Lest you think the coast is clearing in Madison County, we direct your attention to $660,000 in legal fees.

The money is coming courtesy of Citibank, sued here three years ago by the Lakin Law Firm and its class action mule plaintiff Carmelita McLaughlin, 48, of Alton.

The issue: document freight fees. Employing their infinite market making wisdom, the Lakins-- Tom and Brad, in this case-- asserted the bank was charging "too much" to deliver mortgage documents. The actual number was $27. We're not sure what it should have been.

Nevertheless, thanks to a little Third Circuit-style comsumer justice, home buyers who paid it-- if they hear about it and fill out the requisite form-- stand to get a $30 refund.

McLaughlin herself will get $750-- just in time for the holidays. And the Lakin Firm will pocket $660,000.

What-- did you think they paid for the private jet and the fancy homes with raw good looks or subpoena power?

The sad truth is that the truth here is far worse. Or call it far more frivolous and lucrative for the Lakins, who filed a total of 26 such "mortgage fee" class actions in Madison County from 2002-04. That's including the one over fax fees that made Jay Leno, in which lawyer Emert Wyss accidentially sued himself.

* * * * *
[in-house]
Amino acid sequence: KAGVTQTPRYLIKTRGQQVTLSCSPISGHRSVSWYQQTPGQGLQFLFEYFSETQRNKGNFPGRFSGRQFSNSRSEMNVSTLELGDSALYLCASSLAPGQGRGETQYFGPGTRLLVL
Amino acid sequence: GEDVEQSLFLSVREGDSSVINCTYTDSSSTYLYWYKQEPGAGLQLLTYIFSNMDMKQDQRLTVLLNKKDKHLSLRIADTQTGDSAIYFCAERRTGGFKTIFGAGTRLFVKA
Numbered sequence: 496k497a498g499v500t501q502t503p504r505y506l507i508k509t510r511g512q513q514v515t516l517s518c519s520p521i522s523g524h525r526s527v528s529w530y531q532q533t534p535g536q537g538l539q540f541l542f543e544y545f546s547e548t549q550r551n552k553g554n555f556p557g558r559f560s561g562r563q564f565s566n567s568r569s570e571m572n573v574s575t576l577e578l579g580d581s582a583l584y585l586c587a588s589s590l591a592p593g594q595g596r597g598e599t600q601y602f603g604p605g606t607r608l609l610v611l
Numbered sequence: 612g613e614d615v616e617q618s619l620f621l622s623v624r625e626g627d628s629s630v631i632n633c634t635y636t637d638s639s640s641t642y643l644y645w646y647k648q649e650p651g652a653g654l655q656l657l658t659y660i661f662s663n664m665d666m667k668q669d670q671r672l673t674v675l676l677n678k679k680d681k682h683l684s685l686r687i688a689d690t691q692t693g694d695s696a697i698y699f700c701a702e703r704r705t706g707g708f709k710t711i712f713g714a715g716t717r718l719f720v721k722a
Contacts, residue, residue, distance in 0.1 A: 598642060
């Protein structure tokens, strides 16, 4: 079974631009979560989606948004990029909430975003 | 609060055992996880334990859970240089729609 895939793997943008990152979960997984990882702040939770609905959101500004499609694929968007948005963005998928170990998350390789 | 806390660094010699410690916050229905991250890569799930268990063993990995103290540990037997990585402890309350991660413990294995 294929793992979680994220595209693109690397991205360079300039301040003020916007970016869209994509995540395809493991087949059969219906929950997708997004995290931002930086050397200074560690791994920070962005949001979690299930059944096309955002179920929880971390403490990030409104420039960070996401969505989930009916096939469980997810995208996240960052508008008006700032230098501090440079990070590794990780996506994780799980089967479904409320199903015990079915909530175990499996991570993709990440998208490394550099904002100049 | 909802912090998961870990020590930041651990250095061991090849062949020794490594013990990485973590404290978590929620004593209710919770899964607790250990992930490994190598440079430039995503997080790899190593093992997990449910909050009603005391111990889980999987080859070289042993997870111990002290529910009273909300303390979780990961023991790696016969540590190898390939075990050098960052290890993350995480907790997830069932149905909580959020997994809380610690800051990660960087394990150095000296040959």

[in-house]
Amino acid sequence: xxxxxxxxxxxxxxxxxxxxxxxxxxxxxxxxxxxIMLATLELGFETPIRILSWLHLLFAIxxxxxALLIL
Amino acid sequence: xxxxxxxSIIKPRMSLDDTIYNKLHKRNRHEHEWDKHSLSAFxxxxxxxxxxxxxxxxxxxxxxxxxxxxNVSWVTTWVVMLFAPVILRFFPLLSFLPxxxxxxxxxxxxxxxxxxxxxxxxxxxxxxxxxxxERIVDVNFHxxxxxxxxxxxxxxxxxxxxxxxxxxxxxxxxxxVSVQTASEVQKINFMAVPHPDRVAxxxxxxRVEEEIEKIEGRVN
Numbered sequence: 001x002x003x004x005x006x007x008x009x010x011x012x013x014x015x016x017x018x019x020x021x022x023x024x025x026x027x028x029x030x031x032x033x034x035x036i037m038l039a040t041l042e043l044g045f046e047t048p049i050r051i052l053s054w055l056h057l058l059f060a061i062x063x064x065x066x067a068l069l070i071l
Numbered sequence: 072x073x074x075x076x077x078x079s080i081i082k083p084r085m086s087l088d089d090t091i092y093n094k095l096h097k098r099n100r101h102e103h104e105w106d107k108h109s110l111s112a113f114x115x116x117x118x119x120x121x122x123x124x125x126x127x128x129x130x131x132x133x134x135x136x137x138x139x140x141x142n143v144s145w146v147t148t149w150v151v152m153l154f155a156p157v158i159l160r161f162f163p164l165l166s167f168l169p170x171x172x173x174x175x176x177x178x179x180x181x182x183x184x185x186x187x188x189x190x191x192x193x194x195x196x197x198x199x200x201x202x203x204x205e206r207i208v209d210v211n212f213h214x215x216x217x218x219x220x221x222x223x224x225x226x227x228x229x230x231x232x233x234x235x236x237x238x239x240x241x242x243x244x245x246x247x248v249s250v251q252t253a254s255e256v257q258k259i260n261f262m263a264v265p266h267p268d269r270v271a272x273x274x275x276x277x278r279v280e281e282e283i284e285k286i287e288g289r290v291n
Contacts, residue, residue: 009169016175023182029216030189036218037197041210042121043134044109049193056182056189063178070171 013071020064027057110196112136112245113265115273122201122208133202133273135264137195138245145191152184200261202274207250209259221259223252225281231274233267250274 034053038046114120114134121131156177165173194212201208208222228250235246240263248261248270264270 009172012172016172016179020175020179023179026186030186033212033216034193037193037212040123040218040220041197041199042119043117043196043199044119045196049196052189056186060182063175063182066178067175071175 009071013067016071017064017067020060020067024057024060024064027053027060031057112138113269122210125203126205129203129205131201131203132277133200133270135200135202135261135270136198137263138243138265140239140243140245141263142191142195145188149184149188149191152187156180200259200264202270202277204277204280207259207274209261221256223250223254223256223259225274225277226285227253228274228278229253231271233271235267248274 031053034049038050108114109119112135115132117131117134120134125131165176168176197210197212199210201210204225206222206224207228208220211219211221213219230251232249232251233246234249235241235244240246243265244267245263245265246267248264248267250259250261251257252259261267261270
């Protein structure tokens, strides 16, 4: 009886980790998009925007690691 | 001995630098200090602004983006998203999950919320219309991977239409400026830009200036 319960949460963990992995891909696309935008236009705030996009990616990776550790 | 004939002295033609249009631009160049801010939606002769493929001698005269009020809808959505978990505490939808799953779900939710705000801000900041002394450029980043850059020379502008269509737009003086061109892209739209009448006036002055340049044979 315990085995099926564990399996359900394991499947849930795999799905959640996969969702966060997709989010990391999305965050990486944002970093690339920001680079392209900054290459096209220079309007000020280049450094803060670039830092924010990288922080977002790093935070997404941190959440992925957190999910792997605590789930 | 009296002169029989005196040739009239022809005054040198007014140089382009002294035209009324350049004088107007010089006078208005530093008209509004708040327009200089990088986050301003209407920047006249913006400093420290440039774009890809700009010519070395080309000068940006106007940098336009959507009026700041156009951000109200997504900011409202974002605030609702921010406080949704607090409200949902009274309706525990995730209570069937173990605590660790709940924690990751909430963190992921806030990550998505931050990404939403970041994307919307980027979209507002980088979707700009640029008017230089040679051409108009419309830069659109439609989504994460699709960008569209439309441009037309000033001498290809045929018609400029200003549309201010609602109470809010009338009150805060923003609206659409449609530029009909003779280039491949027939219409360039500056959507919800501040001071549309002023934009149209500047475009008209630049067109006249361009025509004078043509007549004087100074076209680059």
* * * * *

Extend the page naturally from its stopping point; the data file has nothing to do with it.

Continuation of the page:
Indeed, these are the cases that make Madison County a laughingstock; that drive those of you who know a hard day's work to hit the ceiling; that drive up home lending costs for the rest of us.

But it doesn't have to be this way.

This nonsense can easily be stopped. All it requires is a little courthouse bravery.

Judge Lola Maddox showed some when she threw out the Lakin-Wyss fax fee case in September. Judge Don Weber did his job the same, tossing a copycat Lakin fax lawsuit back in May.

But Judge Andy Matoesian couldn't muster the strength, apparently.

Aim your ire at the Lakins and Ms. McLaughlin, laughing now all the way to the bank, and they surely deserve it. They consipired to use a well-intentioned court remedy-- the class action lawsuit-- to instead personally enrich themselves.

But it's Matoesian who deserves the real blame.

He let this case proceed as if setting delivery prices were actually within his purview as a circuit court judge. Rather than dismiss the case in short order, he played enabler to the Lakins, pretending that their put-up plaintiff and her manufactured controversy were actually a legitimate use of our civil justice system.

The net result: $660,000 more for the Lakins. Hmmm... think these judicial elections matter to them?

Something to remember as you plot your ballot for Nov. 7.

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